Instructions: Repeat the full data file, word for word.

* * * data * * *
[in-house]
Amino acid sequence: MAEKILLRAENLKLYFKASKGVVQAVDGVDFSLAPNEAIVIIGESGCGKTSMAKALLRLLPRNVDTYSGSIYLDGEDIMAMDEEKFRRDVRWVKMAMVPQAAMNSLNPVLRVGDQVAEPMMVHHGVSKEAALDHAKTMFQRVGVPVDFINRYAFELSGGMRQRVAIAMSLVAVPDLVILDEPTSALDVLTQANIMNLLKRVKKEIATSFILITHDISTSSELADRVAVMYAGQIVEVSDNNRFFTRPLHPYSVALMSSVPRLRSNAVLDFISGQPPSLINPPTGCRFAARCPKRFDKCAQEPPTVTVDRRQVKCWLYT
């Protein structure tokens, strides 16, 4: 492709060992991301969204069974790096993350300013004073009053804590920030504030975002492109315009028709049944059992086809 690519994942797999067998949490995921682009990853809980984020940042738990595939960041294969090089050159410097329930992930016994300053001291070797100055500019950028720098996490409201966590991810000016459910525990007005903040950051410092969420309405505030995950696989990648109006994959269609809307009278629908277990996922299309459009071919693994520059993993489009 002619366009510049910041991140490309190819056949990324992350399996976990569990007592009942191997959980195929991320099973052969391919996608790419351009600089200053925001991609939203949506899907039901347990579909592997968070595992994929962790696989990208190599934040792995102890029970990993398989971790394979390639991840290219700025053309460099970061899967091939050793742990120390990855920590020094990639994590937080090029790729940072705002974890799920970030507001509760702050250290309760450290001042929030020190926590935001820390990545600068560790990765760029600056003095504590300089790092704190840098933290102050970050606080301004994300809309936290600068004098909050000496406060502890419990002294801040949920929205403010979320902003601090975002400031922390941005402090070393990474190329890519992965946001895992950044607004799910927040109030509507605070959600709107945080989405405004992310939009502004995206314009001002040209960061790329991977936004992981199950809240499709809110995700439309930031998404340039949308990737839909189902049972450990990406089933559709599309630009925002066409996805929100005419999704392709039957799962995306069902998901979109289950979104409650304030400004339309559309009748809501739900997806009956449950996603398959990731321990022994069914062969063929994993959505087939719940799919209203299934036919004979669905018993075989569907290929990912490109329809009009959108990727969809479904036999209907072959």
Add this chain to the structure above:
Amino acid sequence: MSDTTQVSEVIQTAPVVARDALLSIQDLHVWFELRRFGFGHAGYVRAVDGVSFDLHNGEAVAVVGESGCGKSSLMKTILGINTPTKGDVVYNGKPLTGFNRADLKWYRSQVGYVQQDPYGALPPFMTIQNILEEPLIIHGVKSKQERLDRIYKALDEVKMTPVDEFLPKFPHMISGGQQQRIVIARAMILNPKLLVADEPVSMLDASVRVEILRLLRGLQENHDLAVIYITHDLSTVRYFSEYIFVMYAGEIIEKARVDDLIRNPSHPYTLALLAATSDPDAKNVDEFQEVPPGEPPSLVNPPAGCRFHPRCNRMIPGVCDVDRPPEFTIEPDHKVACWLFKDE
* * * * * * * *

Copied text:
[in-house]
Amino acid sequence: MAEKILLRAENLKLYFKASKGVVQAVDGVDFSLAPNEAIVIIGESGCGKTSMAKALLRLLPRNVDTYSGSIYLDGEDIMAMDEEKFRRDVRWVKMAMVPQAAMNSLNPVLRVGDQVAEPMMVHHGVSKEAALDHAKTMFQRVGVPVDFINRYAFELSGGMRQRVAIAMSLVAVPDLVILDEPTSALDVLTQANIMNLLKRVKKEIATSFILITHDISTSSELADRVAVMYAGQIVEVSDNNRFFTRPLHPYSVALMSSVPRLRSNAVLDFISGQPPSLINPPTGCRFAARCPKRFDKCAQEPPTVTVDRRQVKCWLYT
């Protein structure tokens, strides 16, 4: 492709060992991301969204069974790096993350300013004073009053804590920030504030975002492109315009028709049944059992086809 690519994942797999067998949490995921682009990853809980984020940042738990595939960041294969090089050159410097329930992930016994300053001291070797100055500019950028720098996490409201966590991810000016459910525990007005903040950051410092969420309405505030995950696989990648109006994959269609809307009278629908277990996922299309459009071919693994520059993993489009 002619366009510049910041991140490309190819056949990324992350399996976990569990007592009942191997959980195929991320099973052969391919996608790419351009600089200053925001991609939203949506899907039901347990579909592997968070595992994929962790696989990208190599934040792995102890029970990993398989971790394979390639991840290219700025053309460099970061899967091939050793742990120390990855920590020094990639994590937080090029790729940072705002974890799920970030507001509760702050250290309760450290001042929030020190926590935001820390990545600068560790990765760029600056003095504590300089790092704190840098933290102050970050606080301004994300809309936290600068004098909050000496406060502890419990002294801040949920929205403010979320902003601090975002400031922390941005402090070393990474190329890519992965946001895992950044607004799910927040109030509507605070959600709107945080989405405004992310939009502004995206314009001002040209960061790329991977936004992981199950809240499709809110995700439309930031998404340039949308990737839909189902049972450990990406089933559709599309630009925002066409996805929100005419999704392709039957799962995306069902998901979109289950979104409650304030400004339309559309009748809501739900997806009956449950996603398959990731321990022994069914062969063929994993959505087939719940799919209203299934036919004979669905018993075989569907290929990912490109329809009009959108990727969809479904036999209907072959």
Add this chain to the structure above:
Amino acid sequence: MSDTTQVSEVIQTAPVVARDALLSIQDLHVWFELRRFGFGHAGYVRAVDGVSFDLHNGEAVAVVGESGCGKSSLMKTILGINTPTKGDVVYNGKPLTGFNRADLKWYRSQVGYVQQDPYGALPPFMTIQNILEEPLIIHGVKSKQERLDRIYKALDEVKMTPVDEFLPKFPHMISGGQQQRIVIARAMILNPKLLVADEPVSMLDASVRVEILRLLRGLQENHDLAVIYITHDLSTVRYFSEYIFVMYAGEIIEKARVDDLIRNPSHPYTLALLAATSDPDAKNVDEFQEVPPGEPPSLVNPPAGCRFHPRCNRMIPGVCDVDRPPEFTIEPDHKVACWLFKDE